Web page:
Judaism and Ecology

By Rabbi David Rosen

‘He placed him in the Garden of Eden to develop it and to preserve it’ (Genesis 2:15)

Presentation at the Anglican-Jewish Consultation Lambeth Palace, May 2010

By Rabbi David Rosen

‘He placed him in the Garden of Eden to develop it and to preserve it’ (Genesis 2:15)

Presentation at the Anglican-Jewish Consultation Lambeth Palace, May 2010

Within Jewish tradition, there are two central names that we use for God – Elohim and Adonai (the Tetragrammaton) - and these are identified with the two essential Divine Attributes of justice and mercy.

There is also the sense that they represent the two dimensions of the encounter with God - the transcendent and the immanent, which thus also parallel the two ways in which we "discover" God , reflected both within Scripture and above all in our liturgy. God is both the Lord of Creation and the Lord of History. We encounter Him both through events in our lives, individually and collectively, and of course above all in terms of our religious history. But perhaps above all we encounter God on a daily basis through our awareness of His presence in the cosmos, in the Divine Creation. As already referred to in our discussion, this is extensively reflected in the Psalms (most notably in 8, 19,104) that the Creation declares God’s glory.

However, the awareness of the Divine Presence is seen as more than simply a testimony. Maimonides in his introductory or the first section of his Mishneh Torah, his legal magnum opus, in the section Foundations of Torah, Chapter 2 Section 2, he asks rhetorically what is the way to love and fear God in keeping with the Biblical injunctions to do so ? And he answers:-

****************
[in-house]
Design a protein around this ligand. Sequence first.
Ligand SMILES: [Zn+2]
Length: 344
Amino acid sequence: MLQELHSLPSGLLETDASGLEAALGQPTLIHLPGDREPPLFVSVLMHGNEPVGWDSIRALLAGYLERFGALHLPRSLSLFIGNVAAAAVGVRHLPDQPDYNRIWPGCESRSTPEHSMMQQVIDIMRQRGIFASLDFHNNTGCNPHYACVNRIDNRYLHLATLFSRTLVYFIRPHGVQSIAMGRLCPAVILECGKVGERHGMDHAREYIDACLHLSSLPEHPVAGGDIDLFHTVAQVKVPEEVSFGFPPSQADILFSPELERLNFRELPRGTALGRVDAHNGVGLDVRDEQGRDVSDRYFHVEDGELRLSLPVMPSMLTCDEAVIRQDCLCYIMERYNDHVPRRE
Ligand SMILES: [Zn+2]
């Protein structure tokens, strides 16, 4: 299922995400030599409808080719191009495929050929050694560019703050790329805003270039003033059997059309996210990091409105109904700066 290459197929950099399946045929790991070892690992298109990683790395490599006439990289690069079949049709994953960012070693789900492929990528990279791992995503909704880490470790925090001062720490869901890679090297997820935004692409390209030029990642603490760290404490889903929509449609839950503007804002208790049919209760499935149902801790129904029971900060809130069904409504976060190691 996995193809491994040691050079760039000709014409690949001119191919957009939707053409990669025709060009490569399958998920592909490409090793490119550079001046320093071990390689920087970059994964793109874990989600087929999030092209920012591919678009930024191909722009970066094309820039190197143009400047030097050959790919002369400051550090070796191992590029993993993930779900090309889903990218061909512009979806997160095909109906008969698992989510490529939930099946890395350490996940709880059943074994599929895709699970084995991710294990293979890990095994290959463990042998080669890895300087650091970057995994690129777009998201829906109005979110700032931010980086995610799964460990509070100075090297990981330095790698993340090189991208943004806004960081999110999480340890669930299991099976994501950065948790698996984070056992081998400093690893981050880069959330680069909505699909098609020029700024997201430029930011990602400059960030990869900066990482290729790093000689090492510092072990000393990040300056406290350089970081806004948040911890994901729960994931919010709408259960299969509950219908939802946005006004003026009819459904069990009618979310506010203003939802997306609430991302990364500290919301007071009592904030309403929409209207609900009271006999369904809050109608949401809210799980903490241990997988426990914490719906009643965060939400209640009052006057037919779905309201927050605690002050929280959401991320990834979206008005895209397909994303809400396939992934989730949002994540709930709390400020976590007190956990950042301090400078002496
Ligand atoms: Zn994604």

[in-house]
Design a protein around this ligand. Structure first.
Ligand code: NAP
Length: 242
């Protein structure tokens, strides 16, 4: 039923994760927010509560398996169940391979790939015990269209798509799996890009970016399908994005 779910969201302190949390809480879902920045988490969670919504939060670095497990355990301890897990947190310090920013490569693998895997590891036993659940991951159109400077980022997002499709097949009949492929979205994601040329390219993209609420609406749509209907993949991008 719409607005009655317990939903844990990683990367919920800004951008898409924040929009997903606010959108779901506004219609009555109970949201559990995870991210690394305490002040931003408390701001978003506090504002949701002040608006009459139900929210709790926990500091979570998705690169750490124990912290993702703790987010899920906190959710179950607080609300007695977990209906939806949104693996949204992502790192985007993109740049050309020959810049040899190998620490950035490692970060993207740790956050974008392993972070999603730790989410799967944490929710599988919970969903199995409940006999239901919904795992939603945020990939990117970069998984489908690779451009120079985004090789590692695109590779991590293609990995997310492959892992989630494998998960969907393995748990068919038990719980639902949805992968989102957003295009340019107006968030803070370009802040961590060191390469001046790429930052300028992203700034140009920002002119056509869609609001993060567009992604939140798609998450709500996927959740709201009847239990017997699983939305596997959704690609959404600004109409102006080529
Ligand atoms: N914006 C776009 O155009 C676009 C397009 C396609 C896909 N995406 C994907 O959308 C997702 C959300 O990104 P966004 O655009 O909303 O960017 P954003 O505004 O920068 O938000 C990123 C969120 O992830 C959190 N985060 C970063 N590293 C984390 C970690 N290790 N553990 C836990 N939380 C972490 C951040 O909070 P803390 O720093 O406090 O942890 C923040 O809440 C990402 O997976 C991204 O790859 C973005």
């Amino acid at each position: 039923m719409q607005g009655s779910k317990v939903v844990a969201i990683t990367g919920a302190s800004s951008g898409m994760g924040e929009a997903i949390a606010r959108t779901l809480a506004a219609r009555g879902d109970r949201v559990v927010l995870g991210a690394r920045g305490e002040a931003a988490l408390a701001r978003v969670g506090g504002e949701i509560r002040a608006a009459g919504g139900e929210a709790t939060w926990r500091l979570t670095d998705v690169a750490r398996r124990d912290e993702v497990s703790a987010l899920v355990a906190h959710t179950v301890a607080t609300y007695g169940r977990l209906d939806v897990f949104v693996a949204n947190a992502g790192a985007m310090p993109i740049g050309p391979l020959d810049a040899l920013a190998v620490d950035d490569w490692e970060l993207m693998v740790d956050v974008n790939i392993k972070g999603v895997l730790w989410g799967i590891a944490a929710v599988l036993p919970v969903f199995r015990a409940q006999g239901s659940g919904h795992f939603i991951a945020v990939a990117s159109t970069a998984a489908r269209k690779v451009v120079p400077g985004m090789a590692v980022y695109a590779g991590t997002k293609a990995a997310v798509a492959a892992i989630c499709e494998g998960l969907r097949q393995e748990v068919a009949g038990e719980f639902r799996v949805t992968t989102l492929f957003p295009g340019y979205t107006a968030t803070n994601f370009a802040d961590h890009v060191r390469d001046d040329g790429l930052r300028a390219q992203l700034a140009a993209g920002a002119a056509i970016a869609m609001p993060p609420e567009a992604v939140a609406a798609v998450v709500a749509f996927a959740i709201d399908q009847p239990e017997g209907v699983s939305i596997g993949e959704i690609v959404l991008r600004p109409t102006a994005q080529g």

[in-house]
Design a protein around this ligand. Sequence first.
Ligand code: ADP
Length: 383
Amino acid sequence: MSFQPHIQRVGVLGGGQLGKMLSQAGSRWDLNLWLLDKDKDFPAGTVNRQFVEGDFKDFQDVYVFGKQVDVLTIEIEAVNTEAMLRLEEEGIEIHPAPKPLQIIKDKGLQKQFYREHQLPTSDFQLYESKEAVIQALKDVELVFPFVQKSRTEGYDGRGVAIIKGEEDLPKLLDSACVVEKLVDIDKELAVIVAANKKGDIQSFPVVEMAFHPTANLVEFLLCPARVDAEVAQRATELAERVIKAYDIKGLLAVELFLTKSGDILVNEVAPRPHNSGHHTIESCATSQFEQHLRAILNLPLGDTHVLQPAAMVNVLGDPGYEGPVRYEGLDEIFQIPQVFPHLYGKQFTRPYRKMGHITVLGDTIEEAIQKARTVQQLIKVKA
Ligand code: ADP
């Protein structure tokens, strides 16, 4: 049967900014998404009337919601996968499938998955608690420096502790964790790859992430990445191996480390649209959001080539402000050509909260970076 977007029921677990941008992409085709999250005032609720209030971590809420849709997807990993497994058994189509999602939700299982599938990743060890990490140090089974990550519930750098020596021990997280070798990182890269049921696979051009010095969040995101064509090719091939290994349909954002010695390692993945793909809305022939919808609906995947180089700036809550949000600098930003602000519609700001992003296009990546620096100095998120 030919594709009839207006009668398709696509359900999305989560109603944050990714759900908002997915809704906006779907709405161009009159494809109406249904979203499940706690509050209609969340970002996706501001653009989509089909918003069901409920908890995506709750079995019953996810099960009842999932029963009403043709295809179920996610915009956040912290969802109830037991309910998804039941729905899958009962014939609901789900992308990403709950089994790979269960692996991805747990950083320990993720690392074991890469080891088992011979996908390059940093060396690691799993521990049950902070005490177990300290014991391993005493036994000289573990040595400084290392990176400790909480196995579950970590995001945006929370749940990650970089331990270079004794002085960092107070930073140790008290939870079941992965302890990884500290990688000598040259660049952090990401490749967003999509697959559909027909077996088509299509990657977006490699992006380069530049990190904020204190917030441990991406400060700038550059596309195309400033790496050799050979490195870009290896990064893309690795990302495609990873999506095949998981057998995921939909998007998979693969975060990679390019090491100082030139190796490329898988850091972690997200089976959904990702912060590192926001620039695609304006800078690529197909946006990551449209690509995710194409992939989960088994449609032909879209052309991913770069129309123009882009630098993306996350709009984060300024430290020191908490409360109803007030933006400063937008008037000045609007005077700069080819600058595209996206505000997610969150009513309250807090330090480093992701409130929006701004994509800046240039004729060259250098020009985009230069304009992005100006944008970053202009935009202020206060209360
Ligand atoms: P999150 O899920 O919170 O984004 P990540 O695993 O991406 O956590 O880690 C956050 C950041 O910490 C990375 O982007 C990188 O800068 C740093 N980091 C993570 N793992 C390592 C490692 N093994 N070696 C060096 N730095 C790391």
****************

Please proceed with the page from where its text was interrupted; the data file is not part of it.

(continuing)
"When a person meditates on His wonderful and great works and creations and sees through them his wisdom that is beyond compare and limits, immediately he loves and praises and glorifies and desires a great desire to know Him, to know His great Name. As David said, 'My soul thirsts for God, the living God'. And when he considers these very things, immediately he draws back and is fearful knowing that he is a small and lonely creature standing in weak and limited understanding before The One of perfect knowledge….As David said, 'When I see the heavens and the work of your fingers (that is the more correct translation – the Hebrew word is not hands but fingers, DR), what is human being that you should remember him?"

So for Maimonides, our awareness of the cosmos that God has created is not purely a consciousness of the Divine Presence, but is actually the means by which we fulfil the charge to love and fear God. It is the way which we draw ourselves towards that intimacy with God. In fact it is interesting that Maimonides in a sense is connecting the transcendent and the immanent at one and the same time in what he understands to be the basic religious calling. Accordingly for Maimonides, as indeed throughout the generations of Jewish tradition (until modern times, which produced, inter alia, a reactionary Jewish withdrawal in ultra-Orthodox circles) , scientific understanding was not only not seen as a threat, but as actually being an essential means by which we develop our love and reverence of God.

 

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